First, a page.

The problem is that hawkfish can be difficult to find in some areas while also having a higher price tag than many of the other options on this list so this may hold the hawkfish back.
Still, the unique red color pattern on some types of hawkfish really does catch the eye making it a great looking tank mate!
Hogfish are our personal favorite species on this list but they are very hard to find while also being expensive.
Their unique shape, color, and pattern really are striking though making them a key conversation starter for guests to your home who see your aquarium.
Hogfish really do need a large tank though and in some cases, they may actually need a larger aquarium than the smaller options for a bamboo shark so always check that your tank can support a hogfish prior to adding it to your tank!
There are around 25 different types of rabbitfish in the wild but some of them are protected due to their low numbers in the wild.
Due to this, you will have to check your local laws when considering a rabbitfish as a tank mate for your bamboo shark.
In addition to this, some rabbitfish are quite bland looking often putting people off keeping the species in their tanks too.
Lionfish are a great, unique looking fish with a unique shape, color, and pattern but their popularity within the fish keeping hobby has faded in recent years.
Still, they can make an excellent tank mate for your bamboo shrimp in the right tank setup.
The majority of people will usually want to go with a dwarf lionfish or the common lionfish with both of these being relatively cheap and easy to find in most areas.
You can often find lionfish for sale online that are far cheaper than you can find them in local fish stores though so shop around prior to ordering the fish!
Rays are a controversial species to use as a tank mate for a bamboo shark and some types of rays will fish with your bamboo shark if they are kept in the same tank.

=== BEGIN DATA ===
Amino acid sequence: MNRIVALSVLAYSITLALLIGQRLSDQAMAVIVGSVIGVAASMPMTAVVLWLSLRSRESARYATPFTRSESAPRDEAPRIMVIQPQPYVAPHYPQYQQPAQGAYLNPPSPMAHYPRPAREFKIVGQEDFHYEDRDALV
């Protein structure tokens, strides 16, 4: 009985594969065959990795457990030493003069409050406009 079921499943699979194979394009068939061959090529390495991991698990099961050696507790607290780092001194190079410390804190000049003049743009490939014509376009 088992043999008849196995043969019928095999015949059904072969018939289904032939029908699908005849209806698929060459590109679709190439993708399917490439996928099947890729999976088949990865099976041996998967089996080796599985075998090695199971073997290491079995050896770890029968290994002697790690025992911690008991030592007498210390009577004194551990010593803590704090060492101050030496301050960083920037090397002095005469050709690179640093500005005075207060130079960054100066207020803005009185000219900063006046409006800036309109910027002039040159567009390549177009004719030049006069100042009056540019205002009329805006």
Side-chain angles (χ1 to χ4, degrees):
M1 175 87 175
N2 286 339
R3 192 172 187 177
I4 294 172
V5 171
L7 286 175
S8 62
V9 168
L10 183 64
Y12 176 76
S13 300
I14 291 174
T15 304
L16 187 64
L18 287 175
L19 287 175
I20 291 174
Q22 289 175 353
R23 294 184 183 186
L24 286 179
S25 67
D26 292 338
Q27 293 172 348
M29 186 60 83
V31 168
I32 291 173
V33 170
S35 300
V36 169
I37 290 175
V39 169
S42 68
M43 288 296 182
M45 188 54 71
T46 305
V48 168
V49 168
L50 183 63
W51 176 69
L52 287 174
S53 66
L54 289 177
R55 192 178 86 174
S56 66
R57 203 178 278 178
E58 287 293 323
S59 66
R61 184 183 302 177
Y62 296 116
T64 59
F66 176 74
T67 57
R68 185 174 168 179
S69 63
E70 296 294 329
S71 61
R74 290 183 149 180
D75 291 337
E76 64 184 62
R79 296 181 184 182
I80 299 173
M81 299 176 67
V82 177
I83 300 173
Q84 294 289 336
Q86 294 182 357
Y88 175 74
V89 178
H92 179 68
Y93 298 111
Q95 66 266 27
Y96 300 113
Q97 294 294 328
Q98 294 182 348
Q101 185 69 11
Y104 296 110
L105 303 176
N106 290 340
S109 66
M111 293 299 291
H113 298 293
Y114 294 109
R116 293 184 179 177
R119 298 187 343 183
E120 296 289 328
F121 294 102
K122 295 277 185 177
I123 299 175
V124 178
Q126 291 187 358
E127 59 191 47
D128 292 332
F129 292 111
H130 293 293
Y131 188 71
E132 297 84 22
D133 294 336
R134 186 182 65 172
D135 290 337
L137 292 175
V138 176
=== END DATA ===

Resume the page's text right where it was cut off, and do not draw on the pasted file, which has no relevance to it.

We have also seen people report that their bamboo shark ended up getting injured after adding a ray to their tank too.
Due to this, we would usually discourage people from using a ray as a tank mate for their bamboo shark but some people do and in the right setup with the right type of ray, it can work well.
The larger angelfish species can work well as a tank mate for your bamboo shark but you really should be sticking to the larger angelfish species.
The smaller angelfish often end up just becoming a meal for your bamboo shark if you try to use them as a tank mate.
Still, there are plenty of types of angelfish available that are suitable offering a wide range of colors and patterns that you are able to use in your tank.
We love parrotfish as they offer some unique, beautiful colors that can be difficult to find in other species of fish.
Some parrotfish can have unique patterns making their prices skyrocket but the more common, generic color and pattern combinations are usually cheap and easy to find.
The larger species of tang can work well as a tank mate for a bamboo shark but just like the angelfish, the smaller tang species will often end up being eaten by your bamboo shark.
There are a large number of tang for you to choose from those that offer a number of different color and pattern options for your tank.